‘Fetal containers’: Bioethicist proposes using brain dead women as surrogates

A bioethicist has argued for using women who have been ruled brain dead as surrogates, calling it “whole body gestational donation” (WBGD).

Anna Smajdor of the University of Olso wrote in the journal Theoretical Medicine and Bioethics that women who are brain dead shouldn’t have their wombs going to waste, when people who want children can use them. “We already know that pregnancies can be successfully carried to term in brain-dead women,” she said. “There is no obvious medical reason why initiating such pregnancies would not be possible.”

But the ethics of such a decision seems to have overlooked by Smajdor.

“I suggest that – all other things being equal – it should be an option for anyone who wishes to avoid the risks and burdens of gestating a foetus in their own body,” she said, adding, “I suggest that brain stem dead men would also have the potential to gestate, meaning that the pool of potential donors is further increased – and that certain feminist concerns might thus be assuaged.”

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The donor would have to give consent ahead of time, Smajdor said, but overall, she believes government policies should support it. “States and health services should adapt their policies and procedures to allow for WBGD among other donation options,” she said. “If WBGD is viewed as a straightforward means of facilitating safer reproduction, and avoiding the moral problems of surrogacy, we should be ready to embrace it as a logical and beneficial extension of activities that we already treat as being morally unproblematic.”

Smajdor acknowledged the process is “straightforwardly the use of the body as a foetal container.” But like many apologists for surrogacy, she still argued it should be allowed if the donor agrees — despite the inherently exploitative nature of surrogacy.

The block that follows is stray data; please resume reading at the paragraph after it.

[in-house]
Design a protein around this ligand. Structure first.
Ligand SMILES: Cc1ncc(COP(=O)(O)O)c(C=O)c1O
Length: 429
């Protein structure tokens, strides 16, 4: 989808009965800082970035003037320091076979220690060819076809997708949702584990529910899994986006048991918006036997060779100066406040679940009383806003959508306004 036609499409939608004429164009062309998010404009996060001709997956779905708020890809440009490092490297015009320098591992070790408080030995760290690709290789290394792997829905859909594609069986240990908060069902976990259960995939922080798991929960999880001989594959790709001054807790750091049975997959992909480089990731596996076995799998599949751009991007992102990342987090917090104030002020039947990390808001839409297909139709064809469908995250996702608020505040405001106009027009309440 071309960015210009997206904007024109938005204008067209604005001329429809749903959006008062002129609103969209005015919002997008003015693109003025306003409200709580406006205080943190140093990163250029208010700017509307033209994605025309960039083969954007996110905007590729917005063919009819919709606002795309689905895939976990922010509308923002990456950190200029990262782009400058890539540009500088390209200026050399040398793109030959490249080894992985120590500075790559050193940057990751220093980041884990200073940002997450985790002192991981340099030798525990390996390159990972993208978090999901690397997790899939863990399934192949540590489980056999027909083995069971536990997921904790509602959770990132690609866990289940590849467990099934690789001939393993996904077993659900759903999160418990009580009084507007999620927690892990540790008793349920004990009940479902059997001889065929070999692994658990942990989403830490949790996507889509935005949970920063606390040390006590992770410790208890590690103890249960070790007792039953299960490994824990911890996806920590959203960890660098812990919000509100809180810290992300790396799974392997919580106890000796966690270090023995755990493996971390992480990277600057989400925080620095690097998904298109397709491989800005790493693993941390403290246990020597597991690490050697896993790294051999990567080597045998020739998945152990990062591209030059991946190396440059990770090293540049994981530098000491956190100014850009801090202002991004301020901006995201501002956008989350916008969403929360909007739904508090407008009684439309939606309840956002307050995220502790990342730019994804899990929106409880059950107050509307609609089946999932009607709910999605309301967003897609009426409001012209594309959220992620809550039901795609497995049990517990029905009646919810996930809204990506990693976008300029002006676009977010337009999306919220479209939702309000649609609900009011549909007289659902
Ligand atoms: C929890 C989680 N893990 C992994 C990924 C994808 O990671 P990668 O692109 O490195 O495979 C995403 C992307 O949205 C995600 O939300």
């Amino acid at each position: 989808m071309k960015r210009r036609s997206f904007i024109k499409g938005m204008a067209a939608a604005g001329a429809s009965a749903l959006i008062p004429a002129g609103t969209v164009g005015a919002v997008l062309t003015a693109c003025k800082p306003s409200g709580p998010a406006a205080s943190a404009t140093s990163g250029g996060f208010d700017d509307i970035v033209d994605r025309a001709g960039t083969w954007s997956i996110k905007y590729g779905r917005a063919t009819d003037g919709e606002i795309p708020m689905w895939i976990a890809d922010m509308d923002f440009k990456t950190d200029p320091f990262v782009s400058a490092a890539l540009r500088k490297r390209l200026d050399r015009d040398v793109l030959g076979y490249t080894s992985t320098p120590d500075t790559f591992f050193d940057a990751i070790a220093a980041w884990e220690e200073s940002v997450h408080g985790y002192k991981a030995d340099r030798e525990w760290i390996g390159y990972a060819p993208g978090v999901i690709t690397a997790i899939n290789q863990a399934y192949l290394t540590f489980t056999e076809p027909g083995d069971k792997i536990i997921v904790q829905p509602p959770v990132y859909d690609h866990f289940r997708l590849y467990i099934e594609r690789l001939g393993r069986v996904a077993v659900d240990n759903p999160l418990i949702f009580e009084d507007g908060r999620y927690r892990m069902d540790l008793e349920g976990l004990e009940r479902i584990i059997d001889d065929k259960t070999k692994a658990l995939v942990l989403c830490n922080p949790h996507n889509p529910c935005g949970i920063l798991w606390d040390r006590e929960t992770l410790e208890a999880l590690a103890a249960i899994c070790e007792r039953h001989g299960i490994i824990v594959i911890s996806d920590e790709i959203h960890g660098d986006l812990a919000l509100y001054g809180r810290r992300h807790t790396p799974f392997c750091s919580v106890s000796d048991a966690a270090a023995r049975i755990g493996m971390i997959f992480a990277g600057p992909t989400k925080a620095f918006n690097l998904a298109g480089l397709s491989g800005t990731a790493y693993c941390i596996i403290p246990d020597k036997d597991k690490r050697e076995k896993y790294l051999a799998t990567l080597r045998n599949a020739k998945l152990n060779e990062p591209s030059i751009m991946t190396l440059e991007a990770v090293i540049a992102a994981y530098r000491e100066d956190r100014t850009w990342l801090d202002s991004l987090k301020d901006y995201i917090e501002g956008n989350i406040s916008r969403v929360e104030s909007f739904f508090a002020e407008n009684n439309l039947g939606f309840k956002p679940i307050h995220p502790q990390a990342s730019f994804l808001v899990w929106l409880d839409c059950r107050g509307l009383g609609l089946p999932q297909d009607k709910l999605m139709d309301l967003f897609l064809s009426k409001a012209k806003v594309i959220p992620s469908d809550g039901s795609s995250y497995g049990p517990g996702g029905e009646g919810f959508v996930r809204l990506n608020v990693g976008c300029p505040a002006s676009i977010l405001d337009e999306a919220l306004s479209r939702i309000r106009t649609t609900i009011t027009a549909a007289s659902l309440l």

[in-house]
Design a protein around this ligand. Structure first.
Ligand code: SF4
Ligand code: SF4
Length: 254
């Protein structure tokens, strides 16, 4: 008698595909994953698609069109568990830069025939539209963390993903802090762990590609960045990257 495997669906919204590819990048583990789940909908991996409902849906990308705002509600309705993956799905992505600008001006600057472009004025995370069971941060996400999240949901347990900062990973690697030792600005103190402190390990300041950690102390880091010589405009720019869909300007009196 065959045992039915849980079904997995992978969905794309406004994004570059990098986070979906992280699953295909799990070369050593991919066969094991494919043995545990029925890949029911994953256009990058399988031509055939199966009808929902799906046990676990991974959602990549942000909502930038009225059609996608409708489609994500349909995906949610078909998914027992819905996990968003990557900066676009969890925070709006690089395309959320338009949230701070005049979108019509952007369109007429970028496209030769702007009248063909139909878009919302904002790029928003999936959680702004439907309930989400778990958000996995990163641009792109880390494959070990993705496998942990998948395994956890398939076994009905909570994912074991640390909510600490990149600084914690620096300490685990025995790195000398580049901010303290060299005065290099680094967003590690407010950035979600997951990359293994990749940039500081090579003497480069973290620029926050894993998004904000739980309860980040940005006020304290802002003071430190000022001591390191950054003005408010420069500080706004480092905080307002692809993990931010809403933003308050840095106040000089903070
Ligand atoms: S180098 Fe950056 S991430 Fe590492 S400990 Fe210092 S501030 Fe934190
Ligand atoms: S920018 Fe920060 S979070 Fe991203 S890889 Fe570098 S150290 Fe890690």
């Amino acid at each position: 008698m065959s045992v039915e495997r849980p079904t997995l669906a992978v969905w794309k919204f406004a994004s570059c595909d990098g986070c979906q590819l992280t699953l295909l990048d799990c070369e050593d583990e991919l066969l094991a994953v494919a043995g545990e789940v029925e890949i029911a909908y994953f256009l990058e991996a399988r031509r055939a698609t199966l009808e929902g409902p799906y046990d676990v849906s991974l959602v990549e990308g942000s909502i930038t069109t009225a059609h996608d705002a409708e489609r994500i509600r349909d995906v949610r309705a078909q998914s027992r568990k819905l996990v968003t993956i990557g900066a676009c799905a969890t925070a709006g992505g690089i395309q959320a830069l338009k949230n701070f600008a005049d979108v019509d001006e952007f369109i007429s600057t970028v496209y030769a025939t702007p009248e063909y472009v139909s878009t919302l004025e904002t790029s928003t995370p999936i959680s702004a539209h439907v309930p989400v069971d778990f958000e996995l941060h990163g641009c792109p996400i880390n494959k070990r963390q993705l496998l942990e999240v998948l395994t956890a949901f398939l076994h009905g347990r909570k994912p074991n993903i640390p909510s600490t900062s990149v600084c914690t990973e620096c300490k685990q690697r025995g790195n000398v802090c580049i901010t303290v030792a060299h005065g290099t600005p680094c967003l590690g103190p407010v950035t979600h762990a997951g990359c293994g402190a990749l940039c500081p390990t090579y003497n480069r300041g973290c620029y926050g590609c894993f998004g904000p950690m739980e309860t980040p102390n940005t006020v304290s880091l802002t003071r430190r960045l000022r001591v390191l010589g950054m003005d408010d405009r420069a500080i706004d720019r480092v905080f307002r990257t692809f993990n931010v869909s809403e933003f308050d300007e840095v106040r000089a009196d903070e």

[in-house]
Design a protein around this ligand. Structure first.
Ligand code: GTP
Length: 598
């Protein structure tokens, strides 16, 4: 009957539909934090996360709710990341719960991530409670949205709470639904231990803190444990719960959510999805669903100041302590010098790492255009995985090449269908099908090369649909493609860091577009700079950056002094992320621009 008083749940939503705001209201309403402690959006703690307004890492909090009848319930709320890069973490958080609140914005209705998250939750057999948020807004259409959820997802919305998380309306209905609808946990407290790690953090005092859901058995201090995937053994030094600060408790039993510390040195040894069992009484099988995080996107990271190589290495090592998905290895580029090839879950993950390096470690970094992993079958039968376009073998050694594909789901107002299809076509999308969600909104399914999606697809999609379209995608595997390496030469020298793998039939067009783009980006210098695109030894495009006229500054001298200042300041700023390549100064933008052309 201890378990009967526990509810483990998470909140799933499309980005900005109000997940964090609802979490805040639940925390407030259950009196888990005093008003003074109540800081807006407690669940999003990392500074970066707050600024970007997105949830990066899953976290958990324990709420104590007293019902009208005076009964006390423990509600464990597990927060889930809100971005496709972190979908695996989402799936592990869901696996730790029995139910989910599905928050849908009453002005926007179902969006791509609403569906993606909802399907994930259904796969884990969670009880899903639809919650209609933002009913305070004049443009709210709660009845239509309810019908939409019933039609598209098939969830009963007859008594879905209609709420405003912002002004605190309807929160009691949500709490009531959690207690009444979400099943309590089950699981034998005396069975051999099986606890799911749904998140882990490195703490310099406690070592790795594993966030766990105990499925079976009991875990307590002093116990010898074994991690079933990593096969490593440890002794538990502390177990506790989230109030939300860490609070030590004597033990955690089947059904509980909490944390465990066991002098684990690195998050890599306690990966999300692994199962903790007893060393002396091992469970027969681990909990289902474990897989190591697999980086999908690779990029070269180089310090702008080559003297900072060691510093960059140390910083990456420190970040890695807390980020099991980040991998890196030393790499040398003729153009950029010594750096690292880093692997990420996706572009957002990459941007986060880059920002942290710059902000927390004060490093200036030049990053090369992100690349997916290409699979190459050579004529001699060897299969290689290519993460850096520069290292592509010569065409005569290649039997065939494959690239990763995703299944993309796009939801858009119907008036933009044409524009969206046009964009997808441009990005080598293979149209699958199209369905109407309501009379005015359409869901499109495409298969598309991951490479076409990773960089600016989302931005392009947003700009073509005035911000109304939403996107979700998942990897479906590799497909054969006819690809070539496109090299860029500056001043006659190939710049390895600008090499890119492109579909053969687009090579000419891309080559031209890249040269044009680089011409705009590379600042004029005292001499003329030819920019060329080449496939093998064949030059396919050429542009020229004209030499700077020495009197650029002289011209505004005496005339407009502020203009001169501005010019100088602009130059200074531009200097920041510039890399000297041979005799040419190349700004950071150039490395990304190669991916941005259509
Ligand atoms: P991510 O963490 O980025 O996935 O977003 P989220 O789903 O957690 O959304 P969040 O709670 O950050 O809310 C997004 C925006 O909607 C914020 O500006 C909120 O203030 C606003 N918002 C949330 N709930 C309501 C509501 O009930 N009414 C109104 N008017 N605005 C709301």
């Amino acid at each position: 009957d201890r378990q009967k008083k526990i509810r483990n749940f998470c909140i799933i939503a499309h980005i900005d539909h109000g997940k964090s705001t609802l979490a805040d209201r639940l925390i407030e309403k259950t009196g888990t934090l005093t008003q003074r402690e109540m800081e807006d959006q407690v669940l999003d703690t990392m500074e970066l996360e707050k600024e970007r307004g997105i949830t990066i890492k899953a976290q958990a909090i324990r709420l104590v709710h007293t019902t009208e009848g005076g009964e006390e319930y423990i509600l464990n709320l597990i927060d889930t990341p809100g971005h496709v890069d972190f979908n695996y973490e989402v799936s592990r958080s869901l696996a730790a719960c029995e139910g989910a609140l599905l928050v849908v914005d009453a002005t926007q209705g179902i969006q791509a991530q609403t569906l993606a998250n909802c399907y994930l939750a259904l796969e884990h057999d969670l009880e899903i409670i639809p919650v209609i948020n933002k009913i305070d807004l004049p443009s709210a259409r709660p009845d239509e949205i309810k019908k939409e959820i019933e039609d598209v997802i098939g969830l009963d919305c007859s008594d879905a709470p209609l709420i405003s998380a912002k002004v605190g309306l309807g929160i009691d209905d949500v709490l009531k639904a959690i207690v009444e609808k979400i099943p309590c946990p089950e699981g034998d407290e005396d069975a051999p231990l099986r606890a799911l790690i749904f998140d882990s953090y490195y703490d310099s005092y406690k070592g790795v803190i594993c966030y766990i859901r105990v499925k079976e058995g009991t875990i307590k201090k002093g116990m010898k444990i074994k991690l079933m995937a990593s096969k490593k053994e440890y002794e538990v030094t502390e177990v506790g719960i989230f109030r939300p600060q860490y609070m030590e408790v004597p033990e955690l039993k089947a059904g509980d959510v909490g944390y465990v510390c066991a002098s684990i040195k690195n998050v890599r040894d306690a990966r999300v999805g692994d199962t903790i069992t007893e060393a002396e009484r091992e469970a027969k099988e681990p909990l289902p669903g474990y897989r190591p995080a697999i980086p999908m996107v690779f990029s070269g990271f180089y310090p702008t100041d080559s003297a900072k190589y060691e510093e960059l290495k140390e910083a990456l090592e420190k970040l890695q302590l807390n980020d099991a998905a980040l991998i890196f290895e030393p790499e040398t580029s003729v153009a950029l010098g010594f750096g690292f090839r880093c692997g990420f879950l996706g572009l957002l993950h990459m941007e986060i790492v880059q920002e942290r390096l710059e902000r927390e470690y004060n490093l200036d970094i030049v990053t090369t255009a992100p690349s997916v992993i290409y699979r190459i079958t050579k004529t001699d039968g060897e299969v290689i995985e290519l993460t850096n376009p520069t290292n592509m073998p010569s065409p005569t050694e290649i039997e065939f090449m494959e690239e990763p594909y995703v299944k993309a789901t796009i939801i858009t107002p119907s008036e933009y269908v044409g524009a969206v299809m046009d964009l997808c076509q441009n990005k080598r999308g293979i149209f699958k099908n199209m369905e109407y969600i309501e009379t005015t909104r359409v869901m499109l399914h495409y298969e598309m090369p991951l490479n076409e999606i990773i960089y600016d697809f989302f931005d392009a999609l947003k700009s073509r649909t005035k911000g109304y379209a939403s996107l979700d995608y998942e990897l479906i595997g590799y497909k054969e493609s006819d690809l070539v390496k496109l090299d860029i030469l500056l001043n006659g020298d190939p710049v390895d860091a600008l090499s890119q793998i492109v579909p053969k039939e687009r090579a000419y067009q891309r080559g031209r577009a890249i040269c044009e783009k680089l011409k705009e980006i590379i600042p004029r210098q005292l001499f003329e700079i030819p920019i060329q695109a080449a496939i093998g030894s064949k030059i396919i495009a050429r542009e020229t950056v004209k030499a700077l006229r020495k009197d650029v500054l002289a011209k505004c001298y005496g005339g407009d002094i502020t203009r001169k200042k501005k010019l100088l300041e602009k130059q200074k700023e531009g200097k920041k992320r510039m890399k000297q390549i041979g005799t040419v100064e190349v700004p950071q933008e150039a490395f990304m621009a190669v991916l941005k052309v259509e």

While many view surrogacy as an act of altruism, such a contract has a strong tendency to commodify women and children, and can put impoverished women at a disadvantage, with the temptation to sell their wombs to the wealthy to produce desired children. In turn, the act of conception and childbearing become products, with couples choosing the kind of embryo they want, finding and hiring a woman (often low-income) to gestate the child for them, and then waiting for delivery. Surrogates in such situations are often not treated as whole persons, but as gestating wombs that have been purchased for one sole purpose. If things don’t progress according to the buyers’ stipulated plan — perhaps “unwanted” multiples are conceived, or the child is diagnosed with a disability or is found to be the “undesired” sex — then the surrogate may be pressured to have an abortion, regardless of her personal feelings about it. Some surrogates in similar situations have found themselves abandoned (along with the child).

In the Ancient Greek play Antigone by Sophocles, the title character risks her life to bury the body of her brother, arguing that it is immoral to treat a dead body with disrespect. The play is fictional, but the themes are timeless — and very real. If brain death is true death, it does not then grant someone license to use the body of that deceased human being as a tool to give them what they want. The body, even in death, still demands respect, and Smajdor’s proposal is not only disrespectful, but also dehumanizing and exploitative.

Editor’s Note, 1/29/23: An earlier version of this article erroneously conflated brain death with PVS, or persistent vegetative state. That commentary has been removed, and other information has been added. We regret the error.

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